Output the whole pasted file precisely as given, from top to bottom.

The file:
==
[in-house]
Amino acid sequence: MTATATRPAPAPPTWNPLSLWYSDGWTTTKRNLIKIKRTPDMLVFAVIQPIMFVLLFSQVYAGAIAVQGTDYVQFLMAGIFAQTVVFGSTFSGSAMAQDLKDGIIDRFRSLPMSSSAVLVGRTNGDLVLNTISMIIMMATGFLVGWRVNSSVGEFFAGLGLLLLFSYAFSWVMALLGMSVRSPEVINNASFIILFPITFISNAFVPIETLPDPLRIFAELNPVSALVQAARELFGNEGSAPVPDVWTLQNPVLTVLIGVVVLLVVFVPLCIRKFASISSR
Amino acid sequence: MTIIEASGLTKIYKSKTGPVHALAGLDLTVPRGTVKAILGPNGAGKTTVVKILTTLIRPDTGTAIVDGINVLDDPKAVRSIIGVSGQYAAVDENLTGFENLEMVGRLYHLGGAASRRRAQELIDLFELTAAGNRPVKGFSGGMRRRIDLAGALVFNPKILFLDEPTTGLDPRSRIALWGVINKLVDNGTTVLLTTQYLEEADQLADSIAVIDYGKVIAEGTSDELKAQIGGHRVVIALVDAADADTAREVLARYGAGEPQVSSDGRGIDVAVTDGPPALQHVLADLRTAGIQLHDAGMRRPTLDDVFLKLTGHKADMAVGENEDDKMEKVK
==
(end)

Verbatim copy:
[in-house]
Amino acid sequence: MTATATRPAPAPPTWNPLSLWYSDGWTTTKRNLIKIKRTPDMLVFAVIQPIMFVLLFSQVYAGAIAVQGTDYVQFLMAGIFAQTVVFGSTFSGSAMAQDLKDGIIDRFRSLPMSSSAVLVGRTNGDLVLNTISMIIMMATGFLVGWRVNSSVGEFFAGLGLLLLFSYAFSWVMALLGMSVRSPEVINNASFIILFPITFISNAFVPIETLPDPLRIFAELNPVSALVQAARELFGNEGSAPVPDVWTLQNPVLTVLIGVVVLLVVFVPLCIRKFASISSR
Amino acid sequence: MTIIEASGLTKIYKSKTGPVHALAGLDLTVPRGTVKAILGPNGAGKTTVVKILTTLIRPDTGTAIVDGINVLDDPKAVRSIIGVSGQYAAVDENLTGFENLEMVGRLYHLGGAASRRRAQELIDLFELTAAGNRPVKGFSGGMRRRIDLAGALVFNPKILFLDEPTTGLDPRSRIALWGVINKLVDNGTTVLLTTQYLEEADQLADSIAVIDYGKVIAEGTSDELKAQIGGHRVVIALVDAADADTAREVLARYGAGEPQVSSDGRGIDVAVTDGPPALQHVLADLRTAGIQLHDAGMRRPTLDDVFLKLTGHKADMAVGENEDDKMEKVK